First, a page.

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Page 102


Dear Uncle Joshua:—I suppose you would like to know
something about how the election turned out down here.
Soon as the bell rung, I sot out to go to the town hall, but
before I got half way there, I met chaises, and wagons, and
another kind of chaises, that went on four wheels, and was
shut up close as a hen-coop, all driving t'other way; Jehu like.
What is the matter? says I; who's beat? But along they
went, snapping their whips without answering me a word,
and by their being in such a terrible hurry I thought sure
enough they had got beat, and the enemy was arter 'em. So
I steered round into another street to get out of the way for
fear they should get a brush at me; but there was as many
more of 'em driving like split down that street tu. Where
upon arth are they all going, says I to a feller that overtook
me upon the full run. Going? says he; why to bring 'em to
the polls, you goose; and away he went by me in a whisk.
When he said poles, I thought that cousin Ephraim must have
come in with a load, as they'd be likely to fetch a good price
about this time, and I concluded all that running and driving
was to see who should have the first grab at 'em. I called to
him to tell me where Ephraim was, but he was out of hearing.

So I marched along till I got to the town hall, and they


Page 103
were flocking in as thick as hops. When I got within two or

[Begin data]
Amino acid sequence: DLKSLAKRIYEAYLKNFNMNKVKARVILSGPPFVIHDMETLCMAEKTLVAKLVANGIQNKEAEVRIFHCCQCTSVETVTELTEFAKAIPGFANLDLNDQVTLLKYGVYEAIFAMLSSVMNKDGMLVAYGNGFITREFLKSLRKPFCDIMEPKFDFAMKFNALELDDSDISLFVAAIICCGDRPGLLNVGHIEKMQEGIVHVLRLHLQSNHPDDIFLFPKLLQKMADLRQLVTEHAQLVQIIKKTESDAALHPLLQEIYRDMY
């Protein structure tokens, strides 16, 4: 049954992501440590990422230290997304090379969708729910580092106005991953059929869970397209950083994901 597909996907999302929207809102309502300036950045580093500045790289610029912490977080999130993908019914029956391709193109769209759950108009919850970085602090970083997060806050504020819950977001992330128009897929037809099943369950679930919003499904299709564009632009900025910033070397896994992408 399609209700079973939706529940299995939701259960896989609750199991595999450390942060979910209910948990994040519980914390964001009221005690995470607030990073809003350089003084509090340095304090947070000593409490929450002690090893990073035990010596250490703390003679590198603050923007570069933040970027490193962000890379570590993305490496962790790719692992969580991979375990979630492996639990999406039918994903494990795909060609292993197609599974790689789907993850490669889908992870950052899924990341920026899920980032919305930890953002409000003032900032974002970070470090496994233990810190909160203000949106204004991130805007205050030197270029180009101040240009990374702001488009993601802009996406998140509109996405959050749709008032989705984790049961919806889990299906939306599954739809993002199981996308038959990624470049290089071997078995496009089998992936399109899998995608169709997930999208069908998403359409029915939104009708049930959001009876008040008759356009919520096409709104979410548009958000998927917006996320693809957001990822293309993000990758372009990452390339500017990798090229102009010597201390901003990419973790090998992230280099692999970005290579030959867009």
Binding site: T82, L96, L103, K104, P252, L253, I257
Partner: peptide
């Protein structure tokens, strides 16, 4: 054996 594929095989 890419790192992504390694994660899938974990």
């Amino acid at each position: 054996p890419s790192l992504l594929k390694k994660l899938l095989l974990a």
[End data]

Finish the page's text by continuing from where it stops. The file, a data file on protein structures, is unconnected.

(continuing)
three rods of the house a man come along and handed me a
vote for Mr. Smith; I stept on the side-walk and another man
handed me a vote for Mr. Hunton; and I went along towards
the door and another man handed me a vote for Mr. Smith,
and then another handed me one for Mr. Hunton. And then I
went to go up stairs into the hall, and there was a row of
about twenty men, and all of 'em gave me a vote, about one-half
for Smith and one-half for Hunton. And before I got
through the hall to the place where they were firing off their
votes, they gave me about twenty more; so if I had been a
mind to vote for Smith or Hunton I could have gin 'em a
noble lift; but that wasn't what I was arter. I was looking
out for the interests of my constituents at Downingville.
And when I come to see among so many votes not one of 'em
had my name on it, I began to feel a little kind of streaked,

I went out again, and I see the chaises and wagons kept
coming and going, and I found out that bringing of 'em to
the polls meant bringing of 'em to vote. And I asked a feller
that stood there, who them are men, that they kept bringing,
voted for. Why, says he, they vote for whichever goes arter
'em, you goose-head you. Ah, says I, is that the way they
work it? And where do they bring 'em from? O, says he,
down round the wharves, and the outskirts of the town and
anywhere that they can catch 'em. Well, well, thinks I to
myself, I've got a new rinkle, I see how this business is done
now. So off I steered and hired a horse and wagon, and
went to hunting up folks to carry to town meeting. And I
guess before night I carried nearly fifty there, of one sort and
another; and I was sure to whisper to every one of 'em jest


Page 104
as they got out of the wagon, and tell 'em my name was
Jack Downing. They all looked very good-natured when I
told 'em my name, and I thought to be sure they would all
vote for me. But how was I thunderstruck when the vote was
declared, and there was 1,008 for Mr. Smith, 909 for Mr. Hunton,
4 for Mr. Ladd, and one or two for somebody else, and not
one for me. Now was'nt that too bad, uncle? Them are faithless
politicians that I carried up to the town meeting! if I
only knew who they were, they should pay for the horse and
wagon, or we'd have a breeze about it.

Write soon, for I am anxious to know how they turned out
in Downingville

Your loving neffu,